The irony in Outlander's fan-favorite character Murtagh Fitzgibbons' rebellion against the Redcoats
Murtagh, the blacksmith that Young Ian approached to fix a horse bit, seemed least interested and said he would do it only if he was paid a whopping amount of 21 shillings
Starz's hit drama 'Outlander,' adapted from Diana Gabaldon's book series of the same name has a life of its own now, especially after the character Murtagh Fitzgibbons played by (Duncan Lacroix) was seen alive, well and rebelling in season 4 of the time-traveling drama.
Now, fans fraught with 'Droughtlander,' are ruminating about Murtagh's ultimate fate after season 4's cliffhanger, and sadly, we cannot even turn to the books for answers. Season 4 ended with Murtagh's life in jeopardy along with Jamie Fraser's (Sam Heughan). Soon after Brianna Fraser and Roger MacKenzie reunited in River Run, a team of horses come with Redcoats, with a special message for Jamie Fraser from Governor William Tryon.
The governor has entrusted the Scottish Highlander to kill the "criminal" Murtagh Fitzgibbons for leading the rebellious group Regulators to fight against the Redcoats. The Regulators are an underground group of Scottish people who despise the British for what they consider unjust taxation. Murtagh happens to be the leader of the group and a wanted criminal.
However, in the books, the Regulators are mentioned in passing and Murtagh, who is also Jamie's godfather, dies in 1745 at the Battle of Culloden between the Scots and the British. The character, resurrected in the series, gets a bigger storyline as he gets into an unexpected relationship with Aunt Jocasta.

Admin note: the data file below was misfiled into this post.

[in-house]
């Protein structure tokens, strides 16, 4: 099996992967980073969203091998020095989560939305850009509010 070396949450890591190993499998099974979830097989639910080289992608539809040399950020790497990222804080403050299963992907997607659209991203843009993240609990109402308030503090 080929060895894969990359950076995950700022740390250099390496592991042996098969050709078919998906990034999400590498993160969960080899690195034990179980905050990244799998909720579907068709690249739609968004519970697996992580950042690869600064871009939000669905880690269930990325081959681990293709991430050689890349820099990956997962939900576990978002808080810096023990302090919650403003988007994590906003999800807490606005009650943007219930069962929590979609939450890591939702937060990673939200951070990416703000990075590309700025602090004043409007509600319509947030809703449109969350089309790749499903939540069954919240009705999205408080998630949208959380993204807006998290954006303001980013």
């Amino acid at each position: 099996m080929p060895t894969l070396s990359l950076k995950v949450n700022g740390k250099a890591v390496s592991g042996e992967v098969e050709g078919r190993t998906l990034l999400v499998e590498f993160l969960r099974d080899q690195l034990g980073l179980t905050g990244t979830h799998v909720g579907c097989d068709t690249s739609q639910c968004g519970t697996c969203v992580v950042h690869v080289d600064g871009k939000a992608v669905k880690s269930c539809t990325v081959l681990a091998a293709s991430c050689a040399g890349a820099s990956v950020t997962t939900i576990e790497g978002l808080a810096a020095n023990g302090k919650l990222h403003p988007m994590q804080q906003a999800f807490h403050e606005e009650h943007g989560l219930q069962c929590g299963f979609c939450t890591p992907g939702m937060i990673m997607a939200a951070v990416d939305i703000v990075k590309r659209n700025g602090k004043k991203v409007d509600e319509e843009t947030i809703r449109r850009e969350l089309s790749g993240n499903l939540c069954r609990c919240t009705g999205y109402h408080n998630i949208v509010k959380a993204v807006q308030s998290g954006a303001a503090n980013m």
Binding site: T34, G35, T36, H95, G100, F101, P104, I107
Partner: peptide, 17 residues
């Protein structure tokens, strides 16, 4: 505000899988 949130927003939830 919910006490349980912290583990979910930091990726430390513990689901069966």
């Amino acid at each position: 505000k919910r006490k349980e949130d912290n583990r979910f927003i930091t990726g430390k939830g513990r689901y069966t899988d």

The powerful Aunt Jocasta and a powerful godson may be able to protect Murtagh and the upcoming season may heavily focus on the conflict. However, ever since we re-met Murtagh in season 4, the fan-favorite character has a lurking hypocrisy.
Murtagh gave a stirring speech against the British when he took Jamie to see the underground revolutionary meeting, staunchly accusing the British of robbing them of their hard-earned income. However, hypocrisy was noted when Young Ian met Murtagh for the first time in Wilmington not knowing he is related to him.
Jamie asked Young Ian to get a horse bit fixed because they had to return to Fraser's Ridge the same evening after an unsuccessful run to find settlers in Fraser's Ridge. Murtagh, who was the blacksmith that Young Ian approached for the work, seemed least interested in fixing the horse bit and said he would do the deed only if he was paid a whopping amount of 21 shillings.
That was all the money Young Ian had and he did not want to disappoint his uncle, Jamie, so he paid the entire amount. When Young Ian told Jamie that all the shillings were gone to get the shoe fixed, enraged Jamie went to charge the blacksmith who had basically robbed the young boy. Ironic.
As it turned out, it happened for the best since that is when the Frasers reunion took place. They flung open hugs and Murtagh eventually returned the shillings to Young Ian at the bar when they needed money for a beer refill.
However, because it was Murtagh Fitzgibbons, the fan-favorite character, we chose to overlook that he had basically committed the same foul deed he accuses the British of, "robbing" them by means of taxes, charging them much more than required.